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The young man, probably a student, who wears a suit and reads a book, presages the "defiant, non-violent non-cooperation of the Civil Rights Movement" (enotes) as he declares, "We should question and question and question--question everything."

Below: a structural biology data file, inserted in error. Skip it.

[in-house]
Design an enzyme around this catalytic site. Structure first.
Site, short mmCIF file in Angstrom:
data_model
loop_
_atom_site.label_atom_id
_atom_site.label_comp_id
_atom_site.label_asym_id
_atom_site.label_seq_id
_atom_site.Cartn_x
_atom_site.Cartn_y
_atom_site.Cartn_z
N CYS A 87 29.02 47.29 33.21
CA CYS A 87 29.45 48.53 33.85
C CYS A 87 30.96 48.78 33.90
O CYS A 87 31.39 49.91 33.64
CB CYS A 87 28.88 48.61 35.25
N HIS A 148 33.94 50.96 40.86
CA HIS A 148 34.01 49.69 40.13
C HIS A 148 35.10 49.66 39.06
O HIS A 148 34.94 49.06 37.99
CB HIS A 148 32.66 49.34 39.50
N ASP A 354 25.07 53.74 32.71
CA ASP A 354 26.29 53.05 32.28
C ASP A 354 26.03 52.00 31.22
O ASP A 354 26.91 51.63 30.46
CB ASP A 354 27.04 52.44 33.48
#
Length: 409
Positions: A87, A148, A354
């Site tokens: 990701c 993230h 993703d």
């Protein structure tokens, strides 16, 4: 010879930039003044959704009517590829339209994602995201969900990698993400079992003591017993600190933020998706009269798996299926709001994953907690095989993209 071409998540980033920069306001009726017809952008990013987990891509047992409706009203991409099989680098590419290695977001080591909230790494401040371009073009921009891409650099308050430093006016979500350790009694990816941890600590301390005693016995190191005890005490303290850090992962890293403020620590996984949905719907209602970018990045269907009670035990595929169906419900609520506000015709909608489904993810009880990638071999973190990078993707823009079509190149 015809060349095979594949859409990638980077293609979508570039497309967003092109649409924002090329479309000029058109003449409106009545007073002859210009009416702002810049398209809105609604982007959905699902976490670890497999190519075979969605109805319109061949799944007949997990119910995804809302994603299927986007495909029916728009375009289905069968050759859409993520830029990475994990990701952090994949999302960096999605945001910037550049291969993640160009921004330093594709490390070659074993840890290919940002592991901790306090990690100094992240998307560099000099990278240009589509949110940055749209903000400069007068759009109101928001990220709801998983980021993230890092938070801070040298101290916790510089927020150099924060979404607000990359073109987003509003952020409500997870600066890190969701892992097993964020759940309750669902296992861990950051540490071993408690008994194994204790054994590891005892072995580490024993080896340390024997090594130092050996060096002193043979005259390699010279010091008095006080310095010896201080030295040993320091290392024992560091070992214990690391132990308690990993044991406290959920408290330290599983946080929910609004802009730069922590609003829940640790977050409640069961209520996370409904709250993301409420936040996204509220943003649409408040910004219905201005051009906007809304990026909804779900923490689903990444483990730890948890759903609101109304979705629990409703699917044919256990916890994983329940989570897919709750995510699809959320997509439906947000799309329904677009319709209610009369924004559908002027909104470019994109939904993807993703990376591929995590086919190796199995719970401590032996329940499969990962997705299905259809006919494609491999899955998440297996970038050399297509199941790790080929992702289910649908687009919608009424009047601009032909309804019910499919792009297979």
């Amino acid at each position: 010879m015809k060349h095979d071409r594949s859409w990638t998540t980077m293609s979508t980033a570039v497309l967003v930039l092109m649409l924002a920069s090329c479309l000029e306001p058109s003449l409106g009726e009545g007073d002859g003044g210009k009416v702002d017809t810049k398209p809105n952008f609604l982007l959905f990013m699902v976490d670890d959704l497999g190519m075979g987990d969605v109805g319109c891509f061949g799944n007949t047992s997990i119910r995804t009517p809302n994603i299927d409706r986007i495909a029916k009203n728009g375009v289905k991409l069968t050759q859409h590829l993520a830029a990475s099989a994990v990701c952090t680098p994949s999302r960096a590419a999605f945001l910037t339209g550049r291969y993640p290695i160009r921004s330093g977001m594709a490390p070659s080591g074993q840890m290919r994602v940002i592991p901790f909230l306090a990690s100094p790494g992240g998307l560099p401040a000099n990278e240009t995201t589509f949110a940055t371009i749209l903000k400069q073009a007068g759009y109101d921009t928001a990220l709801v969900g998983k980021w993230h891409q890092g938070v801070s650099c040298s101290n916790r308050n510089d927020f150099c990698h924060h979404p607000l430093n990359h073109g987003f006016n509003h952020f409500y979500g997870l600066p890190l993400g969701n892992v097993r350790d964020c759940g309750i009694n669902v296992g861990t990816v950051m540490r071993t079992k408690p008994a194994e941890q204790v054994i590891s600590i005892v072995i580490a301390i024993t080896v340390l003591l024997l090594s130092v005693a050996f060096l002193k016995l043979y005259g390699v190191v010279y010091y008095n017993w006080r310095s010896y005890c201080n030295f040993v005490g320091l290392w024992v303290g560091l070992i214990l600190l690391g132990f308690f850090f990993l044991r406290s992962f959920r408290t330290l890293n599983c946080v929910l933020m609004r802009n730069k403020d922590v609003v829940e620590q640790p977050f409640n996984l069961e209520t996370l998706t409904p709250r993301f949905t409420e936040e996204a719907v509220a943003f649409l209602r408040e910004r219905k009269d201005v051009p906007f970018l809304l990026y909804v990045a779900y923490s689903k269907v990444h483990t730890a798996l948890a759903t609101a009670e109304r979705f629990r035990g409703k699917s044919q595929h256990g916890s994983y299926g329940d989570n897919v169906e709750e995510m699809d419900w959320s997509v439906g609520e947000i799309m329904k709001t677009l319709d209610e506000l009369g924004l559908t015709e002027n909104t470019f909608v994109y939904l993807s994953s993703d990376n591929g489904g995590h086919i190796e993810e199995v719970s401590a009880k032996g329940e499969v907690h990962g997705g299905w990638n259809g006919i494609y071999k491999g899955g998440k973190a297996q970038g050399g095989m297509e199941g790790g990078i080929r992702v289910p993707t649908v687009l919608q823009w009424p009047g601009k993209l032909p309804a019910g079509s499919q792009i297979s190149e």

On the other hand, the preacher represents the status quo of the black of the era. He is appalled by the youth's disrespect, just shaking his head in bewilderment. But the youth continues to "rock that pillar" that the others lean on, he says. When the preacher hits him, the youth satirizes the Christianity of the minister by saying, "You forgot the other cheek," alluding to the New Testament verses in Matthew. He tells the people in the dental office "Words mean nothing. One means no more than the other." This is why he says the grass is black and the sky is pink--he wants people to question the existence of things, question the status quo. Why is it the way it is? Is it so for the same reasons that everyone agrees that the grass is green? Because they have been told it is green, they believe, the youth seems to imply. Of course, James does not understand all that happens, but he senses that the youth acts in an unconventional manner to stir others to think on situations and the time they live in.
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